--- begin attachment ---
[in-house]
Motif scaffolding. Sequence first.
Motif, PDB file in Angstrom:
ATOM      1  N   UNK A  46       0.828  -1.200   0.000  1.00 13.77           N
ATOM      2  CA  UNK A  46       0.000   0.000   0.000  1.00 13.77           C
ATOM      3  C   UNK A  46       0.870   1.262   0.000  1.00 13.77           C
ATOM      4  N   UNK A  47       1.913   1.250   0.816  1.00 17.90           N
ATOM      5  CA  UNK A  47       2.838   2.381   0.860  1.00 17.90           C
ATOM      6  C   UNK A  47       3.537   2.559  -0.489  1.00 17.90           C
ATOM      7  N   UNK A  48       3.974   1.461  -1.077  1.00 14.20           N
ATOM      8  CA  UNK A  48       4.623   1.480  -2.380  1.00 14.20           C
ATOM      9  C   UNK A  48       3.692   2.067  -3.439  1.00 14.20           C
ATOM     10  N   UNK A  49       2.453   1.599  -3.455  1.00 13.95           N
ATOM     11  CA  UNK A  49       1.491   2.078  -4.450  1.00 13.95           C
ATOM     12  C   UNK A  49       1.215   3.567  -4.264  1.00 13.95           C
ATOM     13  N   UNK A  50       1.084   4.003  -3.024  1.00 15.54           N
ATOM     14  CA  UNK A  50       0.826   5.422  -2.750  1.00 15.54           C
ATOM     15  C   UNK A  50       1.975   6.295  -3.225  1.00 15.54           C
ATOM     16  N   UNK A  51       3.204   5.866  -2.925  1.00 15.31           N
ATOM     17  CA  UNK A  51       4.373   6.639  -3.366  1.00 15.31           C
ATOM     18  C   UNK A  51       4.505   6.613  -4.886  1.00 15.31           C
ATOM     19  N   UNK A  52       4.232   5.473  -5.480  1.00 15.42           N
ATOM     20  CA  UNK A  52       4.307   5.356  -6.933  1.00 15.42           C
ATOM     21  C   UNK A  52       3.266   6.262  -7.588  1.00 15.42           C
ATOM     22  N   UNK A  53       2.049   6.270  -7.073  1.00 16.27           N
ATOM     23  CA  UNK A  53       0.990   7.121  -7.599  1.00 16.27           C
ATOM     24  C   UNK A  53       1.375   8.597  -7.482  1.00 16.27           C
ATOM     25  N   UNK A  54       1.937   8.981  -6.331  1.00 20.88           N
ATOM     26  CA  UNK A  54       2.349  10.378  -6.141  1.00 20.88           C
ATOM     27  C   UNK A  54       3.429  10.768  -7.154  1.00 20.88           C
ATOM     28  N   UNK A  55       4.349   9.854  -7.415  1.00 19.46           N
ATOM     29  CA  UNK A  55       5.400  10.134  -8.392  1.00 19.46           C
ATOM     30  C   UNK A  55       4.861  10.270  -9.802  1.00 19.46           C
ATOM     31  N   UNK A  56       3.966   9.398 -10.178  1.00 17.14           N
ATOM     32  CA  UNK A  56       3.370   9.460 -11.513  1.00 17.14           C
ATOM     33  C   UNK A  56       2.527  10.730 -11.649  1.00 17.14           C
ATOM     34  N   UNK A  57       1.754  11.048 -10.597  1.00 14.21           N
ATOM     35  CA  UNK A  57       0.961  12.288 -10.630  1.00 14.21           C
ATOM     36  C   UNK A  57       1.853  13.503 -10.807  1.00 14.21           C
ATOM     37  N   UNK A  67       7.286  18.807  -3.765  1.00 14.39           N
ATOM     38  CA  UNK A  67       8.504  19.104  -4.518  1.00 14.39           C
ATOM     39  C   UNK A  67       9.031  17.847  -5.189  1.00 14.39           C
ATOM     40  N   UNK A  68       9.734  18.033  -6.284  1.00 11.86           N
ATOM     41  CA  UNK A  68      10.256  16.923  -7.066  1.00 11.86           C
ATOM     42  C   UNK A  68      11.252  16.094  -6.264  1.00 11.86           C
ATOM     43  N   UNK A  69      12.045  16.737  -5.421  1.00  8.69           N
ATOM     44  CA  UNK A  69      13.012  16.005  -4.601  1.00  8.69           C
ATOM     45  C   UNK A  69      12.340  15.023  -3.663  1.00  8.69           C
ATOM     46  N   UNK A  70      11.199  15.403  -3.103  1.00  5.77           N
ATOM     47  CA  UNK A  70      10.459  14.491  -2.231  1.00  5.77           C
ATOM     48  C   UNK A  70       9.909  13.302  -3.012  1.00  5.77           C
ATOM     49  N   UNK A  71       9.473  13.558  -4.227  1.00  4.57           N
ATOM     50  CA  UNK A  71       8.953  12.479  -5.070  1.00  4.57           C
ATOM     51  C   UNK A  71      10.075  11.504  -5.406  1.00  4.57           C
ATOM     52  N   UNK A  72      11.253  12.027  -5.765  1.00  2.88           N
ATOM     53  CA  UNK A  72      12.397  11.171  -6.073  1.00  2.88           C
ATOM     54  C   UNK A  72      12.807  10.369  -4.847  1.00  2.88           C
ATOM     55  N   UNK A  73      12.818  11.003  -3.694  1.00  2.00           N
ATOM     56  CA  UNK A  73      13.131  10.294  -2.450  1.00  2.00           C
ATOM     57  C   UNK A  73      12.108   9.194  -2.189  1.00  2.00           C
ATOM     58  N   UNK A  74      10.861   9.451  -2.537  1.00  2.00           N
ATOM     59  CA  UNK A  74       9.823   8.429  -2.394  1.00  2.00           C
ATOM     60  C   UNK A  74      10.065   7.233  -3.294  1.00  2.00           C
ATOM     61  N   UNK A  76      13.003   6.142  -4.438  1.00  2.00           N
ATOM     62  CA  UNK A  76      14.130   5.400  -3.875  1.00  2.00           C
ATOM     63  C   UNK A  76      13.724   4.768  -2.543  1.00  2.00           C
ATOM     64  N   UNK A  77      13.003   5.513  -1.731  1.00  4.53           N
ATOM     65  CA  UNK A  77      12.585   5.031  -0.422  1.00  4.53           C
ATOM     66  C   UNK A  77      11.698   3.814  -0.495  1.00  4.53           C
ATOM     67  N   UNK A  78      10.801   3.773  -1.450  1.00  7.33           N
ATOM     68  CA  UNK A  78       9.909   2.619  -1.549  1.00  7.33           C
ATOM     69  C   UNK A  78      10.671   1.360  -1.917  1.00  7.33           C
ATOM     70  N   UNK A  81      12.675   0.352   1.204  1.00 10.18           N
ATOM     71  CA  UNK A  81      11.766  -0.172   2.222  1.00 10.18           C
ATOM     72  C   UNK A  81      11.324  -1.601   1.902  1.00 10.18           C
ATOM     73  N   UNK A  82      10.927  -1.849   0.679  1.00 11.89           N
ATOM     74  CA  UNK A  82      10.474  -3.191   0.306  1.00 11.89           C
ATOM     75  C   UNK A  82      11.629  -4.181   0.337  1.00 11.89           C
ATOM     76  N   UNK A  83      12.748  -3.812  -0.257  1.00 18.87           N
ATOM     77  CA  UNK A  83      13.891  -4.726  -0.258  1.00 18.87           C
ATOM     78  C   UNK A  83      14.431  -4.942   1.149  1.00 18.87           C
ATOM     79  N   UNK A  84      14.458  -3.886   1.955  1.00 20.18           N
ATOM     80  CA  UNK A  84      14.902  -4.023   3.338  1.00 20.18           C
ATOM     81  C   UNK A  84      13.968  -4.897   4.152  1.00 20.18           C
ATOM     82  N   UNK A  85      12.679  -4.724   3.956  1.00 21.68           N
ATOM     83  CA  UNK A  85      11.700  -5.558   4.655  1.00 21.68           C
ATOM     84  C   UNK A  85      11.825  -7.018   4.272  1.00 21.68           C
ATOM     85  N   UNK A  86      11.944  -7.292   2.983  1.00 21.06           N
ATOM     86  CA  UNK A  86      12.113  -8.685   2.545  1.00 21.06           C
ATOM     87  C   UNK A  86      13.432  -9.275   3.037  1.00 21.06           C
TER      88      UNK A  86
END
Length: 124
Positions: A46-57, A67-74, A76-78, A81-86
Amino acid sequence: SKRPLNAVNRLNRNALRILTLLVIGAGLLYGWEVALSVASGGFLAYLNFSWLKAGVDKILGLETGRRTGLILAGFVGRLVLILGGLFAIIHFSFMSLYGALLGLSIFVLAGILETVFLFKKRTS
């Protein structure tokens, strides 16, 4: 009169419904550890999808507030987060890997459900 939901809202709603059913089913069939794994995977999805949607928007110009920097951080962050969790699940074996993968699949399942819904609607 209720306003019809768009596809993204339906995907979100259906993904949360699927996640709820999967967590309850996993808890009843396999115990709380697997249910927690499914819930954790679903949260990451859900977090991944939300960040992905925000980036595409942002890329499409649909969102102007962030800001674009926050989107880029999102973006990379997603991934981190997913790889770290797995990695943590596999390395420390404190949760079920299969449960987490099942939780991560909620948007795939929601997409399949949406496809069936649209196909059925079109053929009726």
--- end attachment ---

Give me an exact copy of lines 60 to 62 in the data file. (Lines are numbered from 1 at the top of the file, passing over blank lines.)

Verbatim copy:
ATOM     57  C   UNK A  73      12.108   9.194  -2.189  1.00  2.00           C
ATOM     58  N   UNK A  74      10.861   9.451  -2.537  1.00  2.00           N
ATOM     59  CA  UNK A  74       9.823   8.429  -2.394  1.00  2.00           C